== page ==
Market research firm IDC released new data today forecasting that tablet sales will grow “58.7% year-over-year in 2013 reaching 229.3 million units, up from 144.5 million units last year.”
With the PC market on track to see negative growth for the second year in a row, IDC predicts we’ll see more tablet shipments than portable computer shipments this year. More importantly, IDC predicts that 2015 will mark the first year tablets will outsell both notebook and desktop computers.
While Apple has been at the forefront of the tablet revolution, the current market expansion has been increasingly fueled by low-cost Android devices. In 2013, the worldwide average selling price (ASP) for tablets is expected to decline -10.8% to $381. In comparison, the ASP of a PC in 2013 is nearly double that at $635. IDC expects tablet prices to decline further, which will allow vendors to deliver a viable computing experience into the hands of many more people at price points the PC industry has strived to meet for years.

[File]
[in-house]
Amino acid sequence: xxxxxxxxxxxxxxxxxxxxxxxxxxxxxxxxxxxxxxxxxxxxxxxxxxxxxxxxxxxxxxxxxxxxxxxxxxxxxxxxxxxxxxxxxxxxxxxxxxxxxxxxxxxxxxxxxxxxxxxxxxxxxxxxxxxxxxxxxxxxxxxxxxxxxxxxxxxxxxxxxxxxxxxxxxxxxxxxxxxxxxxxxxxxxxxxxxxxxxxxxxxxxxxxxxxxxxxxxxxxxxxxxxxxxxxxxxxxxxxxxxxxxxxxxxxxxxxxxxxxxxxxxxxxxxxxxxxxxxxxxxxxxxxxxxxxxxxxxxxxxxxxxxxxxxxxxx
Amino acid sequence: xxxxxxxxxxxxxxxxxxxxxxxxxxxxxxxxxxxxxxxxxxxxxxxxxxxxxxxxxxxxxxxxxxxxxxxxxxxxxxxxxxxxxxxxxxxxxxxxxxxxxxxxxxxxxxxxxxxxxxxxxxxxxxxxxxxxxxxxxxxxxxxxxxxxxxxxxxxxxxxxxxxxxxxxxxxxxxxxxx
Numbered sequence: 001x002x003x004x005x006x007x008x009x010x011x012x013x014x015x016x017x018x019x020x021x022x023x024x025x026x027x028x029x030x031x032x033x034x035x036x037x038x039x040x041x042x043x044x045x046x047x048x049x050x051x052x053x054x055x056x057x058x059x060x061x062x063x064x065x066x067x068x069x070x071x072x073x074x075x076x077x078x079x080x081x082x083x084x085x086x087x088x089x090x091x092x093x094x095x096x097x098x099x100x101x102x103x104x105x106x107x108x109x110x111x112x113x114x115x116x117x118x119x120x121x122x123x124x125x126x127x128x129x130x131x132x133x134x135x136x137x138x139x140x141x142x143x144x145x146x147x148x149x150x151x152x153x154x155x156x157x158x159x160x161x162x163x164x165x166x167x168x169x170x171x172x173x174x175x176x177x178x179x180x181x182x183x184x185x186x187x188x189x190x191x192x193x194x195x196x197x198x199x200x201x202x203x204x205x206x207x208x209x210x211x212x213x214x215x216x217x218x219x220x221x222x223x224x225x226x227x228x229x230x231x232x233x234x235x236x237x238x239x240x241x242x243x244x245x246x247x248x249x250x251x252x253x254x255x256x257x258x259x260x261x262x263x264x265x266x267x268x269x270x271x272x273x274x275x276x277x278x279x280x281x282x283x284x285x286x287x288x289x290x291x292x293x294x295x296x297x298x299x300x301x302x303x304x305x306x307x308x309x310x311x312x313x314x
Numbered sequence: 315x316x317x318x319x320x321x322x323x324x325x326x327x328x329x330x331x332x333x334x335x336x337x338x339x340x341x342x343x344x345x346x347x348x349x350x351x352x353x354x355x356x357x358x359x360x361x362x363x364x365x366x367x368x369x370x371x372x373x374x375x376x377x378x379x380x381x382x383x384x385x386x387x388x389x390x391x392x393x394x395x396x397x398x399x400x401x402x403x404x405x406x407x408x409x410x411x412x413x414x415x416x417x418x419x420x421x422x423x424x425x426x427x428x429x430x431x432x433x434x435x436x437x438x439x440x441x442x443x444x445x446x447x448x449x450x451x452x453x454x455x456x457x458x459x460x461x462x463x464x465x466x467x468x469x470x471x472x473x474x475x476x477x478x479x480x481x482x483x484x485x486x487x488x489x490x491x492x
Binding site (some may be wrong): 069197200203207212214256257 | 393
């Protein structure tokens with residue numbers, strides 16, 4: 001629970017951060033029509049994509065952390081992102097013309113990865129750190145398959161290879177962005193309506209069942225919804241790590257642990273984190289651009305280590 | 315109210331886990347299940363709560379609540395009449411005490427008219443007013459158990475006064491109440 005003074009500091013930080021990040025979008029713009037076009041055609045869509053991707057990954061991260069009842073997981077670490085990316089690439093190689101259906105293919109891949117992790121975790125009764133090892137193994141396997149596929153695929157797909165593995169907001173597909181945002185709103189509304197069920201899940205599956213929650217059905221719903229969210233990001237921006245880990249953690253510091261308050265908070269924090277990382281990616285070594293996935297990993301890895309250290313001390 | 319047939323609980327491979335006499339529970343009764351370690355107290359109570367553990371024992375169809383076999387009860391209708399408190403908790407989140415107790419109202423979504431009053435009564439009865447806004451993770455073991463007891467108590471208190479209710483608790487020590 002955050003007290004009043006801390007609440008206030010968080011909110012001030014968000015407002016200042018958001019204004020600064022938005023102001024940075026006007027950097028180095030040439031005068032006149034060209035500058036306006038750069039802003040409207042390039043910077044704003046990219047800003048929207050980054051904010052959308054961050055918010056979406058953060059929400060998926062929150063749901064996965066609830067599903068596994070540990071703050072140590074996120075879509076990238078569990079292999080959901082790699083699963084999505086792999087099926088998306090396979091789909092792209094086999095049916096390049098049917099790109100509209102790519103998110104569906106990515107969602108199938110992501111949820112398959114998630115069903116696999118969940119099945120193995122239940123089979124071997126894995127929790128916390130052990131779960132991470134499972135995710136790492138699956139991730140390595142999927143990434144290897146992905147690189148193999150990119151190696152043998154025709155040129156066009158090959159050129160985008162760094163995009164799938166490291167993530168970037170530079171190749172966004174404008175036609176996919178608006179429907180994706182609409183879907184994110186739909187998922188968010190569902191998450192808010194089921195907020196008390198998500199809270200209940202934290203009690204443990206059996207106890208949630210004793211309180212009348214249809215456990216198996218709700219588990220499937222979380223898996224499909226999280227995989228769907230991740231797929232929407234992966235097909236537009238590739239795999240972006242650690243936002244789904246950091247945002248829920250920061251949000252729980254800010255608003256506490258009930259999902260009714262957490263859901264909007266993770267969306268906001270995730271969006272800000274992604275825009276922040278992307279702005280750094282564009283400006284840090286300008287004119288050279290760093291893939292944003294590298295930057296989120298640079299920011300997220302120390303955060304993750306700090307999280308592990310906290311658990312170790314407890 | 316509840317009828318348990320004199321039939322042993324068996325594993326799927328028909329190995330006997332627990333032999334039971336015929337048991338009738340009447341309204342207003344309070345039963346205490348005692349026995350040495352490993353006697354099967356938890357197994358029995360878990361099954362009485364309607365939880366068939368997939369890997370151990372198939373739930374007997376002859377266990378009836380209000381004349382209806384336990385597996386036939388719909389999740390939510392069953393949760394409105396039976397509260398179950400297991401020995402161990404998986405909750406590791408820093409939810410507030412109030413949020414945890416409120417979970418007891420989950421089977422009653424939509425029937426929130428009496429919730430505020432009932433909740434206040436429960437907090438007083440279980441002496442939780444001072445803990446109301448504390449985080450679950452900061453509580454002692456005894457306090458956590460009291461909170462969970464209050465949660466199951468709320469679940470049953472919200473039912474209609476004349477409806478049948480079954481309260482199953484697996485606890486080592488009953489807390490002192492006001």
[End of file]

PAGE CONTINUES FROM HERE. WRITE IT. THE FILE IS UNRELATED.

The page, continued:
Apple CEO has addressed the threat of iPads and other tablets cannibalizing Macintosh sales, but cited the vast amount of Windows PC sales available for cannibalization as reason not to worry.
Steve Jobs notably compared PCs to trucks used for heavy use in 2010 at AllThingsD’s D8 conference in 2010:
“When we were an agrarian nation, all cars were trucks, because that’s what you needed on the farm, but as vehicles started to be used in the urban centers, cars got more popular. Innovations like automatic transmission and power steering and things that you didn’t care about in a truck as much started to become paramount in cars. … PCs are going to be like trucks. They’re still going to be around, they’re still going to have a lot of value, but they’re going to be used by one out of X people.”
Perhaps Tim Cook will offer more insight on Apple’s vision of tablet versus PC sales going forward at tonight’s D11 conference which we’ll be covering live.
It took 27 years to get to 200 million PCs sold a year. It has taken 3 years for tablets to accomplish the same feat.—
Aaron Levie (@levie) May 28, 2013